Future Love Songs
- Various (Angular Recording Corporation)
Cor! Worra bleedin’ racket, it’s Twisted Charm’s sparse ‘n’ scratchy instrumentation thrown casually over the top of some grumbly thunking bass, whilst some geezer scuffs and trundles pleasingly about being ‘Happy Alone’ and…hello? is that a saxophone, young man?
CaUSE CoMOTION sound cheekily, pleasingly reminiscent of something I’d find on an old tape of stuff recorded off of John Peel circa nineteen-C86, nestling bleerily between Bogshed and The Groove Farm. ‘Which Way Is Up?’ they ask. Spit and you’ll find out.
A chorus of fluting voices over one of them funking early 80s basslines must mean it’s The Klaxon’s. You all know by now that ‘Gravity’s Rainbow’ gives you that frantic bolt-down-yer-rum-‘n’-black and start skidding across the dancefloor urge. Don’t blame me if you break your neck though.
These New Puritans clearly understand that thwackingly marv drumbeat + scrapey guitars + megaphoney blown-out vocals = adorable Fallishness. Thus they employ the formula to create ‘I Want To Be Tracy Emin’. Plus! According to ‘V’ magazine (I found it at work, alright?) they have ‘an intensely handsome drummer’. Blimey.
‘I am an robot’ style clipped vocals, frantic, foolish keyboard hook, thudding bassline and a ridiculous happy happy joy joy dance break make To My Boy come over all fizzy. Their ‘Outragions’ is like doing the disco pogo with a mouthful of Refreshers. (‘It’s the fizz that makes you whizz’)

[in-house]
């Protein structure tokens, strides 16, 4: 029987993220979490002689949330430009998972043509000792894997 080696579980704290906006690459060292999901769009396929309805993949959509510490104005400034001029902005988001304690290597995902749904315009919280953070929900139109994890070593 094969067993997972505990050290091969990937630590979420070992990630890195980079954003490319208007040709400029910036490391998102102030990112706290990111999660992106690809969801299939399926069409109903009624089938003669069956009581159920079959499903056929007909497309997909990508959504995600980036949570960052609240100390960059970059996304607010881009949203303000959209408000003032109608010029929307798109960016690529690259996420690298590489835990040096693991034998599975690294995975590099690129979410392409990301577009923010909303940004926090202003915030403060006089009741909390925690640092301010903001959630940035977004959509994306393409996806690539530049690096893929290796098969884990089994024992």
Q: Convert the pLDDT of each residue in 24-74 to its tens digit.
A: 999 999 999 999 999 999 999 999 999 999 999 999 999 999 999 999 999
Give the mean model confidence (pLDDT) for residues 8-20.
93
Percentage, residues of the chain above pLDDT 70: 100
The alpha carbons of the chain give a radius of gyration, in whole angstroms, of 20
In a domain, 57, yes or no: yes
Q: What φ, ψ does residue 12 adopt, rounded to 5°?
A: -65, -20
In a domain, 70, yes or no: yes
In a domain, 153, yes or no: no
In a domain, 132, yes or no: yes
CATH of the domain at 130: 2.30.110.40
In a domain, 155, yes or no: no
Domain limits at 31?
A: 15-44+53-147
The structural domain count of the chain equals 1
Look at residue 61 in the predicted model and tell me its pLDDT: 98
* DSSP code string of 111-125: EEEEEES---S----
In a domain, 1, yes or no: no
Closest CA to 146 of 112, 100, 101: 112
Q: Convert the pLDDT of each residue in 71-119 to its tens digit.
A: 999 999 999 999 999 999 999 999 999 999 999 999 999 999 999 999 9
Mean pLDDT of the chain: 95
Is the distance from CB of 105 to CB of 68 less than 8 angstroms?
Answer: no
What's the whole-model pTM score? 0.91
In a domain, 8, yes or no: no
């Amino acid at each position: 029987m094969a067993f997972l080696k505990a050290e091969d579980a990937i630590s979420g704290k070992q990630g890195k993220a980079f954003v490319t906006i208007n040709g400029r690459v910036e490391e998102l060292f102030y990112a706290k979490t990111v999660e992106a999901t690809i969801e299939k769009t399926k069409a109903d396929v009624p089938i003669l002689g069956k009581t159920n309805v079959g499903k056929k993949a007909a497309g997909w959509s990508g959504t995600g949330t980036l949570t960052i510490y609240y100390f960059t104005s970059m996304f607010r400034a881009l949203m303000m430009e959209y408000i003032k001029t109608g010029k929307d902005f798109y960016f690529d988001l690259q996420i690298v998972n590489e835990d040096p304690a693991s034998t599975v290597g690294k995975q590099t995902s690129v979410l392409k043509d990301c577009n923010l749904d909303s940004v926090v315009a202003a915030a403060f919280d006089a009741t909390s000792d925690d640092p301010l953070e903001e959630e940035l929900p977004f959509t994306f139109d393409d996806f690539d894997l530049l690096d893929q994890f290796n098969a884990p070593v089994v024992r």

‘The Hypocrite’ is sung exclusively by bees. Oh no, hang on, here’s Theoretical Girl singing in her spooky doll voice. And it’s not bees it’s a buzzy guitar swarming over the top of a simpleton stalking bass. Sinister.
Long Blondes. Long Blondes. Long Blondes. “I just want to be a sweetheart!’ they trill. Look, you already are, love. Hurrah!
It’s The Violets! They are being brilliant! Ooh, they’re masterful, with a firm grip on those scribbling, scrabbling dynamics and that can’t-scratch-the-itch creeping bent guitar. ‘In This Way’ suggests that they’ve perfected the art of being satisfyingly unsettling.
Aww! It’s The Lodger with Ben’s heartbreak hurt voice and shining, scampering guitar. ‘Simply Left Behind’ has a chorus like the sun appearing from behind a cloud and flowers bursting into bloom. To be welcomed with open arms and a warm glow.
The Be, Be, See have a song called ‘Eye T.V.’ Is this a backwards rendition of The Stooges’ ‘TV Eye’. No. No it isn’t. Despite a somewhat irksome name, this is a pleasingly minimal wee thing, a bit reminiscent of The Vaselines and The McTells. Play those old tyme janglin’ guitars and shivery keyboard wibbles!
The Vichy Government contribute the agitatedly adsurdist ‘Elvis and The Beatles’ in which Jamie perkily narrates a tale of snide disgust across a playfully ponderous synthscape. Then ‘My New Building’ sees Navvy do Talking Heads over an industrial strength fuzz backing, one of them fashionably twangly basslines and sticks ‘n’ stones drums. The result is kind of bouncy. Next up, Wetdog sneak in to declaim multi-voiced spells over ominous bass rumbles and not much else. Blackly unnerving.
The Low Edges’ ‘Leave
The House’ is snagged in a crease in pop’s trousers alongside
some monstrous old Glitterbeat, bits of Mark E. Smith’s sandwiches and
‘The Passenger’. This is a good thing obviously.
|[back to record reviews]|